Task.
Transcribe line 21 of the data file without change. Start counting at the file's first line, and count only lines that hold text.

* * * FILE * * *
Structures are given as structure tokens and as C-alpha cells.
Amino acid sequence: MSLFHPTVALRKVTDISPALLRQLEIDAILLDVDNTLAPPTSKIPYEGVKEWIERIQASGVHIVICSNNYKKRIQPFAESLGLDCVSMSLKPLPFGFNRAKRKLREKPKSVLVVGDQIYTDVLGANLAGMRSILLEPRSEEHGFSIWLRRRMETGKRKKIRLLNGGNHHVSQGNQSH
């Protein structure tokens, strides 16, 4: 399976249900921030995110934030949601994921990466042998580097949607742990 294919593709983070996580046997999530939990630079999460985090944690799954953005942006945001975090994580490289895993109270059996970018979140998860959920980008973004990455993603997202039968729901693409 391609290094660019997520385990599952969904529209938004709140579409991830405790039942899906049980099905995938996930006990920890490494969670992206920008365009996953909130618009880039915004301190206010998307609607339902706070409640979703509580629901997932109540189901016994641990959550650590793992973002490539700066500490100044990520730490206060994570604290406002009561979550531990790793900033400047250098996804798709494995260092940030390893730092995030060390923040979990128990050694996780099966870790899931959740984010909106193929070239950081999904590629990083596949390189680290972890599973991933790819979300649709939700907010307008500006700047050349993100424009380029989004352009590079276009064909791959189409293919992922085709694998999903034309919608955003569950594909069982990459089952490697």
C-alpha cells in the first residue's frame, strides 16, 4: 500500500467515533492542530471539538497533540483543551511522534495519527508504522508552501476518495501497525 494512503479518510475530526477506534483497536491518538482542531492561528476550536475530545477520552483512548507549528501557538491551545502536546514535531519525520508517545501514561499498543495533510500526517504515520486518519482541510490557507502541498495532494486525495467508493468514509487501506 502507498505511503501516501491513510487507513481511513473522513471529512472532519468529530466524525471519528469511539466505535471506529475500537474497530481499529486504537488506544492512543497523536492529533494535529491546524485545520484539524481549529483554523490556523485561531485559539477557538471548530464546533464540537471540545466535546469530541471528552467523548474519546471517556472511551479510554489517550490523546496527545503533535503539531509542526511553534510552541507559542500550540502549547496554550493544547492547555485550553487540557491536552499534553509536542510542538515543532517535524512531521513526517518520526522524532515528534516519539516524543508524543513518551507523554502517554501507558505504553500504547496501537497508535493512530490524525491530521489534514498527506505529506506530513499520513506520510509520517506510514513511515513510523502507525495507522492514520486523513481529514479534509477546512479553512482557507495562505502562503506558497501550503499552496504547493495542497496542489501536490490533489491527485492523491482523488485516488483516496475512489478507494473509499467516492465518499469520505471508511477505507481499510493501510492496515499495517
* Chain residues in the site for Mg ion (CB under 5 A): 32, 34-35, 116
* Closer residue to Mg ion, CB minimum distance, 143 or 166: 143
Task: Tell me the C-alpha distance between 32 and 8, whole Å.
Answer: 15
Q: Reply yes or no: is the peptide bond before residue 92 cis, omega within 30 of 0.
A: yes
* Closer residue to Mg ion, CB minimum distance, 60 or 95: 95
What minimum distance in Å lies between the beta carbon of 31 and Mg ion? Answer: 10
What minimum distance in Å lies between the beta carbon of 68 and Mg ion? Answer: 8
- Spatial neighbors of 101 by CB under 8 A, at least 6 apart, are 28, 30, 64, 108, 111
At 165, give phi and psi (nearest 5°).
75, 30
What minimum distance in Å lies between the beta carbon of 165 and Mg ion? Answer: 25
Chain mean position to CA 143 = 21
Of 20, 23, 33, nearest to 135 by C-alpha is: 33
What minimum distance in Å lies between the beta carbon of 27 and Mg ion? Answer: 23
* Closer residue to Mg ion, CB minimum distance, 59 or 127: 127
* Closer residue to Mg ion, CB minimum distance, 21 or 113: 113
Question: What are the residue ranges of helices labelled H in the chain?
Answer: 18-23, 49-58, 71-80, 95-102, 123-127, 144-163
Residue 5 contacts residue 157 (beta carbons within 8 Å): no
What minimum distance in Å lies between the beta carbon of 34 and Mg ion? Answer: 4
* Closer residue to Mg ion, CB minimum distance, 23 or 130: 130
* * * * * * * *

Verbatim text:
* Closer residue to Mg ion, CB minimum distance, 59 or 127: 127